Bavaria presents another example, where AfD floor leader Markus Plenk turned his back on both the parliamentary group and the party. He says he no longer wanted to provide an extremist party with a bürgerlich façade. He has said that he would now like to join the CSU, but the center-right Bavarian party hasn't yet indicated that they want to have him.
The AfD in Bavarian parliament is deeply divided, with one group of lawmakers throwing their support behind the radical floor leader Katrin Ebner-Steiner. That tendency stands in direct contrast to the AfD's campaign ahead of 2018 state elections when it presented itself as the state's true conservative party and expressly sought to pick off CSU voters -- a strategy that worked quite well.
Since then, though, the AfD has primarily drawn attention to itself through a series of provocations. Earlier this year, a significant portion of the AfD parliamentary group walked out of the plenary hall when Charlotte Knobloch, a Holocaust survivor and the head of the Jewish community in Munich and Upper Bavaria, criticized the AfD.
In the neighboring state of Baden-Württemberg, the AfD is similarly divided. Bernd Gögel, who heads up the AfD in both the state and on the parliament floor, leads a rather moderate group and could imagine forming a coalition with the CDU in the not-too-distant future. But radicals, like state parliamentarian Stefan Räpple, are against any form of cooperation. A pastry chef by training, Räpple has primarily attracted attention for his course, insulting language. On one occasion, he was even led out of the plenary hall by police. One of his demands is that state benefits only be paid to Germans. For months, the AfD has been seeking to eject him from the party.
In Schleswig-Holstein, meanwhile, Doris Fürstin von Sayn-Wittgenstein, who was head of the state's AfD chapter until earlier this month, sees herself as a victim of the party's national leadership. Because of her close ties to a right-wing extremist association, she was unceremoniously thrown out of the party. Sayn-Wittgenstein, who can often be seen in a bright red blazer and pearls, was solidly rooted in the party's völkisch wing. AfD lawmakers in the state aren't sad to see her go, but AfD leaders in the state regret her expulsion.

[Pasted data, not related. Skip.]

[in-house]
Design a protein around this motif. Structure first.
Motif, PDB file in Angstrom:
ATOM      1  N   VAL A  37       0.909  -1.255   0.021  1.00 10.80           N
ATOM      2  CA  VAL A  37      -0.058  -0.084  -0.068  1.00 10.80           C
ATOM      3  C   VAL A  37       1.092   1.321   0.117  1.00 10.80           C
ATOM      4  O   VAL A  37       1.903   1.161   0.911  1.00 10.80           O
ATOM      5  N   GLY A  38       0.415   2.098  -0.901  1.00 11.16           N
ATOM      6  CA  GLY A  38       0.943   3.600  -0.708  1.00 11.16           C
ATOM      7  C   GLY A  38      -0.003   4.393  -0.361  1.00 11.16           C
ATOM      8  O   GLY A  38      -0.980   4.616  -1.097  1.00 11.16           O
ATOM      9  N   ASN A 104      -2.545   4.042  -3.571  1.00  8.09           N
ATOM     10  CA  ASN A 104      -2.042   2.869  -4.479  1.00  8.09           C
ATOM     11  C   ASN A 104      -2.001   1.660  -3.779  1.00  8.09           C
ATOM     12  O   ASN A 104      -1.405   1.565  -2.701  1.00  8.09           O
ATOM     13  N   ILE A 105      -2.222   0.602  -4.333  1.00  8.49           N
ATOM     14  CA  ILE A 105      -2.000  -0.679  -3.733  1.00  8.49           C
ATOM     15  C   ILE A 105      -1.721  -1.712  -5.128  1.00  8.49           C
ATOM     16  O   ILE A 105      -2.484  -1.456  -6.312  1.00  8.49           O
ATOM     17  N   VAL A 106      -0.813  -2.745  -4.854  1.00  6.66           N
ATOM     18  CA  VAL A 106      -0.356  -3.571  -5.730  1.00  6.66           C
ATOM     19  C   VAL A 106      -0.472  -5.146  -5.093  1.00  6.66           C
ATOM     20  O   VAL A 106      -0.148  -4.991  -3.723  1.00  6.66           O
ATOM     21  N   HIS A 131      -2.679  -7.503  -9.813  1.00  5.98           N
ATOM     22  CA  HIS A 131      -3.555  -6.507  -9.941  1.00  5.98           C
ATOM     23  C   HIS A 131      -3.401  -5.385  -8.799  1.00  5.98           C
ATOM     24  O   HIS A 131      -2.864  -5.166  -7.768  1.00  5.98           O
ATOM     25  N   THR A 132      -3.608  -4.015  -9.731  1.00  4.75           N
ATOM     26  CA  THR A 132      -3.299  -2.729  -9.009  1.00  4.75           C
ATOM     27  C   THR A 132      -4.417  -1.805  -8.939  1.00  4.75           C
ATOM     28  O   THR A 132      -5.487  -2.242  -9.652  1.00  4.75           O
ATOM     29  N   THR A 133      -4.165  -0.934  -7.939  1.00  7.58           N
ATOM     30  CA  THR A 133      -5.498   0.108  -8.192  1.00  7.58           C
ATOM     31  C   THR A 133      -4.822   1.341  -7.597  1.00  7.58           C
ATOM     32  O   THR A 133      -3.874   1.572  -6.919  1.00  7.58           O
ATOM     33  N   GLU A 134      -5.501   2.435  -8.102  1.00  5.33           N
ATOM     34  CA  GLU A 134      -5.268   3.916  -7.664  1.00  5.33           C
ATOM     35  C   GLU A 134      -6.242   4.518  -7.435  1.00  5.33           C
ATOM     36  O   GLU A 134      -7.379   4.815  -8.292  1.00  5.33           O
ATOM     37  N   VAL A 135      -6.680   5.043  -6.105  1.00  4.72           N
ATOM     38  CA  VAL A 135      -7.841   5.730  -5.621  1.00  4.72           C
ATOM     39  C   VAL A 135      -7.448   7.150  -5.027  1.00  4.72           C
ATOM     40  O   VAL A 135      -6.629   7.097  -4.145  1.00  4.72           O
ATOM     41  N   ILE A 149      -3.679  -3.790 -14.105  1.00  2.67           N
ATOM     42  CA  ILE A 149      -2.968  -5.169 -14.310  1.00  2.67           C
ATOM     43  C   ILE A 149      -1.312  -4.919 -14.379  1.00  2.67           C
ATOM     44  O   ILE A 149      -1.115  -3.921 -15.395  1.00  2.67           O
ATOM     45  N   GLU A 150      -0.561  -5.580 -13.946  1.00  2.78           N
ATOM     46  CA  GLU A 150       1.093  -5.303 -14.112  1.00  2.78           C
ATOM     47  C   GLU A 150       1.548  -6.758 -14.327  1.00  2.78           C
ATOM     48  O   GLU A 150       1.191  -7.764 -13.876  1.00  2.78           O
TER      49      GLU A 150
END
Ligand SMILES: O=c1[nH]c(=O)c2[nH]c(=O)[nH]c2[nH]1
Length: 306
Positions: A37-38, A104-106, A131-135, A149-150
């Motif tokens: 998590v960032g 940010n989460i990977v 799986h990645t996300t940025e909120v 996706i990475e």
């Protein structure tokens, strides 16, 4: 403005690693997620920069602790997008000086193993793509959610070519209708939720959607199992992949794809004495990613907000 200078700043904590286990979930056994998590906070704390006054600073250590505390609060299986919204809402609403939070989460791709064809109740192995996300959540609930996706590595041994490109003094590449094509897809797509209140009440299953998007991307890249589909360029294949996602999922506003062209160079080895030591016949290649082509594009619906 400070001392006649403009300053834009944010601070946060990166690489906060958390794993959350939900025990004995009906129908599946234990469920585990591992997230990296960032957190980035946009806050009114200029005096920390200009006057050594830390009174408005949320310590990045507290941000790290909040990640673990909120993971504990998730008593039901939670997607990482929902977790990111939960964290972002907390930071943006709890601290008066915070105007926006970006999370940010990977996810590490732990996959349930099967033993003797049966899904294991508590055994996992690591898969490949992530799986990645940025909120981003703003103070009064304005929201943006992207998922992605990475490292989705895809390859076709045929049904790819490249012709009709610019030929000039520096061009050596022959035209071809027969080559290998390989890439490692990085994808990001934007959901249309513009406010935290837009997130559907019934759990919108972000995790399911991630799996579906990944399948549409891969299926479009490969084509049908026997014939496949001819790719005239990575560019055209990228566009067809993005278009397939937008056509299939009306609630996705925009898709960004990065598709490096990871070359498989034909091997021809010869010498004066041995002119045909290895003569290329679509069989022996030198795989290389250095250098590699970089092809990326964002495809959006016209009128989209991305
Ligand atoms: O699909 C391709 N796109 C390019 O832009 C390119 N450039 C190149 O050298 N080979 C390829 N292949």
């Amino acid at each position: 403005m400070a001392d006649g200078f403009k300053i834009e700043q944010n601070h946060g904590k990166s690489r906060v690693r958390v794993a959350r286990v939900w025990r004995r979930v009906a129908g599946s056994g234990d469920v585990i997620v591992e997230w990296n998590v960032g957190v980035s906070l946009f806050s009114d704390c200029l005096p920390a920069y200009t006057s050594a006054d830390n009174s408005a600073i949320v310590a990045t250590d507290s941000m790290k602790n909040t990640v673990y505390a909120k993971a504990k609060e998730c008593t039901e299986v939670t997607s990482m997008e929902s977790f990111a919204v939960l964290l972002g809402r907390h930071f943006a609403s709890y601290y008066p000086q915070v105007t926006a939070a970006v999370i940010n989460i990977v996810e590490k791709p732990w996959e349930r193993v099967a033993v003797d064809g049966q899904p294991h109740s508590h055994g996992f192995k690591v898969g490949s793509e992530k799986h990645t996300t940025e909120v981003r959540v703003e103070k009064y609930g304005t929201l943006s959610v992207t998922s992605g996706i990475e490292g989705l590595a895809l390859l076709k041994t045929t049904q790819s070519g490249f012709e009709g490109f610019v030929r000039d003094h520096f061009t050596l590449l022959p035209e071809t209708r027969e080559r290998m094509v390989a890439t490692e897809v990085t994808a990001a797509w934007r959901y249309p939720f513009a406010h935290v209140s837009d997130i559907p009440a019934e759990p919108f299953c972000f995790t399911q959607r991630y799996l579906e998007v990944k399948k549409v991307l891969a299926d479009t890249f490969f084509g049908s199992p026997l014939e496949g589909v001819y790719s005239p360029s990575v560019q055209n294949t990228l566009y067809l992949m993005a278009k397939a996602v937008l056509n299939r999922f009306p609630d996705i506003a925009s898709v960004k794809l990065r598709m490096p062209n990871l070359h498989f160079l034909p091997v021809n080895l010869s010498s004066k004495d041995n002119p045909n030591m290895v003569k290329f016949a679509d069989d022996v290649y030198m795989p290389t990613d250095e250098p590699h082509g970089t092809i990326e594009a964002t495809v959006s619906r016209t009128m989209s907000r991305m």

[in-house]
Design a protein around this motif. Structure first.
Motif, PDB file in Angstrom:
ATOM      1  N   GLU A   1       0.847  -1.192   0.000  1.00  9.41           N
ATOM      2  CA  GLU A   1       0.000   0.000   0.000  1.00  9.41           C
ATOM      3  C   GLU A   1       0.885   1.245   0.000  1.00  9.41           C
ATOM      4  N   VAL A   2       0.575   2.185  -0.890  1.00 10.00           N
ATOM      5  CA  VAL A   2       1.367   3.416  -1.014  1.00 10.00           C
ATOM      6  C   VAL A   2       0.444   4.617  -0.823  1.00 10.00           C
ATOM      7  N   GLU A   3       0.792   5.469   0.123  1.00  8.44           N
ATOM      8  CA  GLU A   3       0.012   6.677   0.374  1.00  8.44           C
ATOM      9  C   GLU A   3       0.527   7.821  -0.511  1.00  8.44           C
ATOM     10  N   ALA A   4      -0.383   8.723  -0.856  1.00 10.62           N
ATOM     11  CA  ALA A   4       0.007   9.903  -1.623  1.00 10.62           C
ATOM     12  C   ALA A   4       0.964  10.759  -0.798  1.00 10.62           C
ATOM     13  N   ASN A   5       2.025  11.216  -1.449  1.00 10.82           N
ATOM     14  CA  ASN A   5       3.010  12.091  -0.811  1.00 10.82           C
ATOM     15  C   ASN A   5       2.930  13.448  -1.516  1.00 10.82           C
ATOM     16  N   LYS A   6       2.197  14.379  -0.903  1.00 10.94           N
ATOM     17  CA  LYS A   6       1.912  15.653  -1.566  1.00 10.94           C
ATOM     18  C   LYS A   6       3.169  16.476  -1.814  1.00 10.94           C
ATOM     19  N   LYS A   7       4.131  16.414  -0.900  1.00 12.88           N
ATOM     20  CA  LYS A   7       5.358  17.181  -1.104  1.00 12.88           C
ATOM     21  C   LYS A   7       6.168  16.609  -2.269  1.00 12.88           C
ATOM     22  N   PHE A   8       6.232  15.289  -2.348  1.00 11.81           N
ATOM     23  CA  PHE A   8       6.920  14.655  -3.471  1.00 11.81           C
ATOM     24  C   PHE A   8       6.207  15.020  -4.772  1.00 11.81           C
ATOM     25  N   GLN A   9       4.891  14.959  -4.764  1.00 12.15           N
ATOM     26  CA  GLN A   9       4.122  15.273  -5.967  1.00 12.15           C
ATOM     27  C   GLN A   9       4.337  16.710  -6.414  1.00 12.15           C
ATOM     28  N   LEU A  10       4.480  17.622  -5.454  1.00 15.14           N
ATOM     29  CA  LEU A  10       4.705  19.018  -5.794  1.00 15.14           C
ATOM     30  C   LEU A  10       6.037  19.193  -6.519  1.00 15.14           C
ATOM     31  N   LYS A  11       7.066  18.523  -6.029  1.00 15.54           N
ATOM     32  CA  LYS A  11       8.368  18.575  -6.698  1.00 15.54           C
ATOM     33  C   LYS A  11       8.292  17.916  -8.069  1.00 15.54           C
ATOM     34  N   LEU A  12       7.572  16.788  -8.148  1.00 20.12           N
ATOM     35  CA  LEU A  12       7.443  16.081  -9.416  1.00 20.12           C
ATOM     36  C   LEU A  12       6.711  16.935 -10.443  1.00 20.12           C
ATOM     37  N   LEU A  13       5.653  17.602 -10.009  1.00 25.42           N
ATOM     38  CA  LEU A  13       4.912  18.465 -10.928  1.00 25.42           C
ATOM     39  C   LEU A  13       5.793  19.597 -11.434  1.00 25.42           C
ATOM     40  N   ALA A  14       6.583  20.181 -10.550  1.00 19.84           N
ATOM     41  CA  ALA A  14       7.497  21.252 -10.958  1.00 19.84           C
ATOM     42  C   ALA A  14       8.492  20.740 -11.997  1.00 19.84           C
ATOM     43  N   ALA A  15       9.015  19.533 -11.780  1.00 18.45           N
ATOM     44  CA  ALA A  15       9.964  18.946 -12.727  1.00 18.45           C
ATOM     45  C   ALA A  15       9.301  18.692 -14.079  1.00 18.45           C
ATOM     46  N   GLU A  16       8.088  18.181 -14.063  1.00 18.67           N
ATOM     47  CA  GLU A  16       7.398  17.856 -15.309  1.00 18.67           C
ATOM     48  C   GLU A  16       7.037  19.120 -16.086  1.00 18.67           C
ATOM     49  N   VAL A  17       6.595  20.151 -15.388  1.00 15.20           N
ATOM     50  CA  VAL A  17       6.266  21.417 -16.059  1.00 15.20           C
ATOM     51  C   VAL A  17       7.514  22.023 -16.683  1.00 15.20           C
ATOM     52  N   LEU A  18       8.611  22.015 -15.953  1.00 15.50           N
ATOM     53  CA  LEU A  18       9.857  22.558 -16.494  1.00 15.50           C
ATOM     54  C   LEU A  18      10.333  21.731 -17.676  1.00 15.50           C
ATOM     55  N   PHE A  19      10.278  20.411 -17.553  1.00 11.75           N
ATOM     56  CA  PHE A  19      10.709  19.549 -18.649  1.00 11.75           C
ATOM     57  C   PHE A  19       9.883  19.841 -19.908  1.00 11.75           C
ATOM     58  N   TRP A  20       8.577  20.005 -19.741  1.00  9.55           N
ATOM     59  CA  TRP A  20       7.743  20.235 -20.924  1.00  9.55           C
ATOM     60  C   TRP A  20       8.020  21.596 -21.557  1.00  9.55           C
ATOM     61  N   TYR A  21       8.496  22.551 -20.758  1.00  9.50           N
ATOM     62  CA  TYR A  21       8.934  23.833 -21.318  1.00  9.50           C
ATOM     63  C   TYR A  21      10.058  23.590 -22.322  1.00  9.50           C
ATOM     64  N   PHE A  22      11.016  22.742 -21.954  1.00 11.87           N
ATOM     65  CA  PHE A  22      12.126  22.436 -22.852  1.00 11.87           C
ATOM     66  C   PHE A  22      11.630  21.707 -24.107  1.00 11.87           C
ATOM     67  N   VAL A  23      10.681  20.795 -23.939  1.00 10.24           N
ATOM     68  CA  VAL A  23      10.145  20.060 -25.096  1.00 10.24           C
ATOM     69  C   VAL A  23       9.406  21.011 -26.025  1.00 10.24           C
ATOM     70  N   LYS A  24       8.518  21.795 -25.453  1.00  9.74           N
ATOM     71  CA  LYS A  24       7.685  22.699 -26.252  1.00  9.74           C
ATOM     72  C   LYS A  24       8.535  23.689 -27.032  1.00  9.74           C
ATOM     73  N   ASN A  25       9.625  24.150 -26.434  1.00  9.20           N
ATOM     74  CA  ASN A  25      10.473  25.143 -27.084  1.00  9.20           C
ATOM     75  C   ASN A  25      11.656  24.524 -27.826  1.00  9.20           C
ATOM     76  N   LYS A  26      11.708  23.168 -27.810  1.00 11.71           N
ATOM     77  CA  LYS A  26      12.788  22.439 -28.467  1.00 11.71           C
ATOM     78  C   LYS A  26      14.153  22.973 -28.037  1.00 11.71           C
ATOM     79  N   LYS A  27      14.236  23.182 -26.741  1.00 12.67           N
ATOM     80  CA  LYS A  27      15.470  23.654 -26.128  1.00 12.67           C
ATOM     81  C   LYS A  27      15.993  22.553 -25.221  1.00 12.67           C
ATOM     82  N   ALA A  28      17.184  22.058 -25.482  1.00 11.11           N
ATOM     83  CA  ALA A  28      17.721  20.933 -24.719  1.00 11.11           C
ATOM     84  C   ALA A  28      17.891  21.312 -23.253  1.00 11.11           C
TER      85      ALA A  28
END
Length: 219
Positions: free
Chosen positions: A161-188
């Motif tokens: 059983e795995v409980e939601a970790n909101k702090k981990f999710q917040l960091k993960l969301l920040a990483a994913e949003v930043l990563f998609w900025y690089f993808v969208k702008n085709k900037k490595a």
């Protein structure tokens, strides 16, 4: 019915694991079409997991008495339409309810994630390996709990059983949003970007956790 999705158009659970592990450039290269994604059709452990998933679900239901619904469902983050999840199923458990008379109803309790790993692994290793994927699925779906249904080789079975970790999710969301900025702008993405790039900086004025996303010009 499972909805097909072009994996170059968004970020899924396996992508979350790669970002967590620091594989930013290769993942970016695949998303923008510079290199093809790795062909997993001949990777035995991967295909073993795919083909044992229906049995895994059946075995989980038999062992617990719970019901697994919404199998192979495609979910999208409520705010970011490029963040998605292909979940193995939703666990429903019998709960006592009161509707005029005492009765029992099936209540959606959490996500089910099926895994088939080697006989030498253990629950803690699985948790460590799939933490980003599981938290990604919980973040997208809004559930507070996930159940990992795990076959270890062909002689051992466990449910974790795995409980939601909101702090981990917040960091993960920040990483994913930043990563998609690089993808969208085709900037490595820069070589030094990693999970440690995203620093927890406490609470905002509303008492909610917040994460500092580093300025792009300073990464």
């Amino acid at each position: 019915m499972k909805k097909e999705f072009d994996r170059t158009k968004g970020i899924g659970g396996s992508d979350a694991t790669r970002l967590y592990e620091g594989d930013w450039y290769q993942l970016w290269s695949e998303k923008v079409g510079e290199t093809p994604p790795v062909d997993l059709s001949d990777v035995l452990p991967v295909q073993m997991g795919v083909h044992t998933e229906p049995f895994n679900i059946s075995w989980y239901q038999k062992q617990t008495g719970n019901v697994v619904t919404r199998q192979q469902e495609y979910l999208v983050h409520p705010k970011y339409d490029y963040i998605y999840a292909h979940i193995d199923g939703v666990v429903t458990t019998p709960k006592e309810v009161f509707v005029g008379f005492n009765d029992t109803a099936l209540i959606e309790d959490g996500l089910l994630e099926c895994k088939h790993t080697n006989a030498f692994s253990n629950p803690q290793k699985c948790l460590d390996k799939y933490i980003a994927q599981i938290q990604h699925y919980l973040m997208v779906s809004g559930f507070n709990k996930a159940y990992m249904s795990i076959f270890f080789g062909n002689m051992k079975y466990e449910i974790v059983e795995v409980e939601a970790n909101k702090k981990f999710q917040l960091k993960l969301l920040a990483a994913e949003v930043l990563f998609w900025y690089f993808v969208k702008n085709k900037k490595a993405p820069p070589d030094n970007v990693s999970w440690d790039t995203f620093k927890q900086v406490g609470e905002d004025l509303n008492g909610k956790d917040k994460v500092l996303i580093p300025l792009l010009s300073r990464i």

Such mixed feelings are not a feature of the AfD in the eastern state of Thuringia, where elections are set for Oct. 27. The party there is anything but bürgerlich, with the Thuringian AfD identified almost exclusively with the extremist Björn Höcke. The Jena-based sociologist and expert for right-wing extremism Matthias Quent recently wrote a book in which he analyzed the direction in which Höcke is seeking to steer the party, both in Thuringia and in Germany at large. Quent points to a Höcke quote in which he talks about the "intellectual refinement of the 'raw' form of citizen protest." The stated goal, says Quent, "is to integrate the easily mobilized masses -- primarily made up of right-wing radicals and neo-Nazis -- into a long-term strategy."
The sociologist warns of "right-wing extremist strategies to grab for power." Quent lists an unending number of Höcke quotes that completely destroy the illusion of bürgerlichkeit. For example, the AfD politician has blamed the "refugee invasion" for the aggressiveness of his own followers, because if nothing is done, Germans are faced with "the death of their race" through "Africanization, orientalization and Islamization."
And then, of course, there is the notorious speech he gave in Dresden's glittering Watzke Brewery a couple of years ago. Speaking in a cadence reminiscent of the 1930s, he said: "I point this party on a long path full of privation, but it is the only path to complete victory, and this country needs a complete victory of the AfD."
There were some within the Thuringia AfD who were not supportive of Höcke's vision, but most of them have since left the party. Others remain in parliament, but do not belong to the AfD parliamentary group.
One of them is Siegfried Gentele. When asked about the AfD these days, his immediate response is: "Heil Hitler!" In 2015, Gentele co-founded an internal party group called Wakeup Call, which was to prevent the AfD from drifting too far to the right. Not long later, he was thrown out of the party and then excluded from the parliamentary group. "Everything that stands in the way of Höcke has been eliminated," Gentele says.